Omega Ruby and Alpha Sapphire

  • The first Mystery Gift promotion gave a free Shiny Beldum; not only does it come with Metagross' Megastone, it has moves that Beldum normally don't have, including Hold Back (which is pretty much the same as False Swipe) making it very useful for catching Pokémon, as well as Zen Headbutt and Iron Head. It evolves into one of the strongest pseudo-legendaries out there with one of the better Megas to boot and insane type coverage and resistances.
  • The DexNav allows you to track individual Pokémon with the potential for bonus egg moves, Hidden Abilities, the chance to having perfect IVs in up to a minimum of three stats, and the chance to have rare and powerful hold items. See those Seedots carrying Power Herbs note ? Pelippers with Lucky Eggs? Zigzagoons holding Revives? Wurmples with Brightpowder? There are some particularly absurd combinations:
    • Taillow, knowing Boomburst or Brave Bird, with both moves having extremely high base power early on in the game.
    • Hidden Ability Shroomish with Bullet Seed, or Shroomish in general with moves like Focus Punch, Drain Punch, early Seed Bomb, and so on.
  • Once Omega Ruby players have the Mach Bike, they can backtrack to Granite Cave and explore the lower levels where wild Mawile lurk. While normally nothing too special, the Move Maniac in Fallarbor Town can teach it Iron Head and Play Rough, two very strong moves that are not normally learned until the late 40's. The catch is that he requires heart scales, and fortunately there happen to be two hidden on Slateport's beach. This gives you a Mon before the fourth gym that hits like a truck and shrugs off most damage thanks to its fantastic Steel/Fairy typing and high defense stats. To top it all off Mawile's Mega Stone is available early in Verdanturf Town. Even among the Mega Pokémon, Mega Mawile is very powerful due to its sky high attack, ensuring that you'll be steamrolling nearly everything the game throws at you.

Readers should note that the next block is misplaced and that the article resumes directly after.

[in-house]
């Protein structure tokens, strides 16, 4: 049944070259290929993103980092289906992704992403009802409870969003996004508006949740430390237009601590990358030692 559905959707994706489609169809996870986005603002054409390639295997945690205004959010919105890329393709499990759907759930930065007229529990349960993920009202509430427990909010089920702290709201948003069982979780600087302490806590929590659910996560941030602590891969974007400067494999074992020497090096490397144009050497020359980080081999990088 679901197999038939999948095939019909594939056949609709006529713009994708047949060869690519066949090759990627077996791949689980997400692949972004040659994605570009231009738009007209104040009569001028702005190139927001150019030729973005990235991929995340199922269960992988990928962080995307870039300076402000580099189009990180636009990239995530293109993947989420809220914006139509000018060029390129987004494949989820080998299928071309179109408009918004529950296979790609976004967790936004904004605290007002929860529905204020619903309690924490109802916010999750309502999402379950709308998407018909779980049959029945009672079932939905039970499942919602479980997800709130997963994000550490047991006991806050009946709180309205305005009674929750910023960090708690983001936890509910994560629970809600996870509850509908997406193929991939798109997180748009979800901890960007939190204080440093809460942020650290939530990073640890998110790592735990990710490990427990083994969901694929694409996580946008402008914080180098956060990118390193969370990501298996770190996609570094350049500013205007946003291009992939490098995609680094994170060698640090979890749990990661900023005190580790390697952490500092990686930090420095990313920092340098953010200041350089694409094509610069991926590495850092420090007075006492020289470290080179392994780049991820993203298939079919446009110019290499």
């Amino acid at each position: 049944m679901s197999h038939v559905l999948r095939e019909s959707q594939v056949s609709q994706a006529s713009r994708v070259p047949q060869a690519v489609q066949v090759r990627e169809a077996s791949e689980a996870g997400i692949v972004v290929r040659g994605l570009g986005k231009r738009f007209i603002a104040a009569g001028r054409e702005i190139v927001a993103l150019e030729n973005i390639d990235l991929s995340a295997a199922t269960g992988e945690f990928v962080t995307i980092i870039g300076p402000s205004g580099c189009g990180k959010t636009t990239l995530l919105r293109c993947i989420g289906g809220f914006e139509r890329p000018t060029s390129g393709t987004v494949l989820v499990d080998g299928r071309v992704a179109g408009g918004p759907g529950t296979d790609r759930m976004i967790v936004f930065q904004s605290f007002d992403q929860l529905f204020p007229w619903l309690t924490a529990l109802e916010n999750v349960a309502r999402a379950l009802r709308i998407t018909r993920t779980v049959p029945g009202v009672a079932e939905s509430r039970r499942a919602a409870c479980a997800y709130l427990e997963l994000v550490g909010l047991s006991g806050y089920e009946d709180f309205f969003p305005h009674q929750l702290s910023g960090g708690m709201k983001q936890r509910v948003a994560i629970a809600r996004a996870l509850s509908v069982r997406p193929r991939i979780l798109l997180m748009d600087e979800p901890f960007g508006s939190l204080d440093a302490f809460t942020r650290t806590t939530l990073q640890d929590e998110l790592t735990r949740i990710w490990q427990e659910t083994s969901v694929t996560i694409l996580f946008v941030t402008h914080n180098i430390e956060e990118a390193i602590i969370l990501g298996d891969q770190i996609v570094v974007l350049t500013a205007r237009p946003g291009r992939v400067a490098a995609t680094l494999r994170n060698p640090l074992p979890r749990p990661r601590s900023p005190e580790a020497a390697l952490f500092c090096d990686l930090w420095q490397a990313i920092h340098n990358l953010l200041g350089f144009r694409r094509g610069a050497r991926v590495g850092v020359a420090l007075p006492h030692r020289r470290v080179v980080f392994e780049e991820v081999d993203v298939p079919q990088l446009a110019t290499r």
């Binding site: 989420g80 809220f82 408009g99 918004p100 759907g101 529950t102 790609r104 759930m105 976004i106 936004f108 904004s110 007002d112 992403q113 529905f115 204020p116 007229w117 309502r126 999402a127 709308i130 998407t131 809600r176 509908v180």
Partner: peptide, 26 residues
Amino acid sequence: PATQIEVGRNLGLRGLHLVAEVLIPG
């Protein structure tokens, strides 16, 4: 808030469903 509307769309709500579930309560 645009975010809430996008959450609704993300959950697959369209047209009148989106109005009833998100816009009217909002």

• The Ralts line returns in this role, and is a Psychic/Fairy type now, giving it a boost. The two types complement themselves greatly, with the Fairy typing patching up its weaknesses to Bug and Dark as well as Psychic being strong against the Fairy-type's weakness to Poison. The only issue is Steel-types, and Shadow Ball is now neutral to them as well. With the Exp. Share, Ralts can now be easily trained up in the background until it can take care of itself. Later in the game, the Gardevoirite can be obtained once you face the box art legendary, and Mega Gardevoir has a blistering 165 base Special Attack.
  • The ROM Hacks Rising Ruby and Sinking Sapphire feature reworks of a lot of Pokemon to be more viable to help players deal with the hacks' crushing difficulty. One such Pokemon is Altaria, which in addition to now evolving from Swablu at Level 33 can learn both Outrage and Dragon Dance immediately upon evolving with the help of Heart Scales, which can be easily obtained from the Luvdiscs that can now be found in abundance on Route 104. Anyone who played Pokemon competitively during the Nintendo DS era knows how busted STAB Outrage + Dragon Dance is. And you can get a Pokemon with that move combination before the 4th Gym. Admittedly, once you get past the 6th gym, this niche becomes better filled by Dragonite due to its better defensive ability and offensive stats. However, Altaria will by no means become dead weight if you don't feel like catching a Dratini in Slateport and spending several hours painstakingly grinding it up to Level 55.

    Generation VII 

Pokémon Sun and Moon

  • Ash's Greninja is this for the entirety of the Sun & Moon special demo. Most Pokémon you encounter are either lower leveled or are unevolved (mid-stage top) and they don't resist his Night Slash, which is a powerful STAB attack. The only fairly strong Pokémon (that also happens to resist Dark-type attacks) is Hakamo-o, but it can be easily two-shotted by the super effective Aerial Ace. During the Totem Hakamo-o battle as well as against every new trainer that can be fought after the main event are two Pokémon in the opposing team, guaranteeing that Greninja will always transform into Ash-Greninja. The transformation gives him a base stat total increase of 110 points, an even 50 increase on Attack and Special Attack and an increase of 10 in Speed.